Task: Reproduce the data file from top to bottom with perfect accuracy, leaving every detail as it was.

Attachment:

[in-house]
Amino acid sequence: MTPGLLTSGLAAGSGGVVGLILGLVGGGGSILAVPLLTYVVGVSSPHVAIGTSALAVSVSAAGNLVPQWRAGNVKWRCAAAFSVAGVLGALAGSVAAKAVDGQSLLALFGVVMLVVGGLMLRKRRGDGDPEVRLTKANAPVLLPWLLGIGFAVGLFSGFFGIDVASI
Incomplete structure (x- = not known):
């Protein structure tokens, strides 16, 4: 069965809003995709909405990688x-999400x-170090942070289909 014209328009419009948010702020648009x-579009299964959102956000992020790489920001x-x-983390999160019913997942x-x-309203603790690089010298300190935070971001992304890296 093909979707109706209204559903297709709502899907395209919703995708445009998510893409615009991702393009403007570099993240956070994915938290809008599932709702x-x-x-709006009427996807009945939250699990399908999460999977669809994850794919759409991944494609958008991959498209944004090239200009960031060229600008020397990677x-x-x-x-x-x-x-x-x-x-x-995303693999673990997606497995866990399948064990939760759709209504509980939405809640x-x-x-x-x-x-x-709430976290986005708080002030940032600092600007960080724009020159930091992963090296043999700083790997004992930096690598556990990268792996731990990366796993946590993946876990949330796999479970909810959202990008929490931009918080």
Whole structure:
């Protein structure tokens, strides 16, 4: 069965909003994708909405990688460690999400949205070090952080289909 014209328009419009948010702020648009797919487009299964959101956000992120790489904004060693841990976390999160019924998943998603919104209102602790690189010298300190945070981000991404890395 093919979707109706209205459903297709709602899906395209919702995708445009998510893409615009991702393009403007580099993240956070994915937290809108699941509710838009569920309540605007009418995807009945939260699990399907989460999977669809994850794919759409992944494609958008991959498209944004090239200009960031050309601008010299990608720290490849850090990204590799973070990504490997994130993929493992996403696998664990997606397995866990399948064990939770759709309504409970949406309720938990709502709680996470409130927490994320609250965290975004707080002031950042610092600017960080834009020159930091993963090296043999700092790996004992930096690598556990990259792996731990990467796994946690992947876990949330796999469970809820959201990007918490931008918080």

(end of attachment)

[in-house]
Amino acid sequence: MTPGLLTSGLAAGSGGVVGLILGLVGGGGSILAVPLLTYVVGVSSPHVAIGTSALAVSVSAAGNLVPQWRAGNVKWRCAAAFSVAGVLGALAGSVAAKAVDGQSLLALFGVVMLVVGGLMLRKRRGDGDPEVRLTKANAPVLLPWLLGIGFAVGLFSGFFGIDVASI
Incomplete structure (x- = not known):
């Protein structure tokens, strides 16, 4: 069965809003995709909405990688x-999400x-170090942070289909 014209328009419009948010702020648009x-579009299964959102956000992020790489920001x-x-983390999160019913997942x-x-309203603790690089010298300190935070971001992304890296 093909979707109706209204559903297709709502899907395209919703995708445009998510893409615009991702393009403007570099993240956070994915938290809008599932709702x-x-x-709006009427996807009945939250699990399908999460999977669809994850794919759409991944494609958008991959498209944004090239200009960031060229600008020397990677x-x-x-x-x-x-x-x-x-x-x-995303693999673990997606497995866990399948064990939760759709209504509980939405809640x-x-x-x-x-x-x-709430976290986005708080002030940032600092600007960080724009020159930091992963090296043999700083790997004992930096690598556990990268792996731990990366796993946590993946876990949330796999479970909810959202990008929490931009918080």
Whole structure:
């Protein structure tokens, strides 16, 4: 069965909003994708909405990688460690999400949205070090952080289909 014209328009419009948010702020648009797919487009299964959101956000992120790489904004060693841990976390999160019924998943998603919104209102602790690189010298300190945070981000991404890395 093919979707109706209205459903297709709602899906395209919702995708445009998510893409615009991702393009403007580099993240956070994915937290809108699941509710838009569920309540605007009418995807009945939260699990399907989460999977669809994850794919759409992944494609958008991959498209944004090239200009960031050309601008010299990608720290490849850090990204590799973070990504490997994130993929493992996403696998664990997606397995866990399948064990939770759709309504409970949406309720938990709502709680996470409130927490994320609250965290975004707080002031950042610092600017960080834009020159930091993963090296043999700092790996004992930096690598556990990259792996731990990467796994946690992947876990949330796999469970809820959201990007918490931008918080």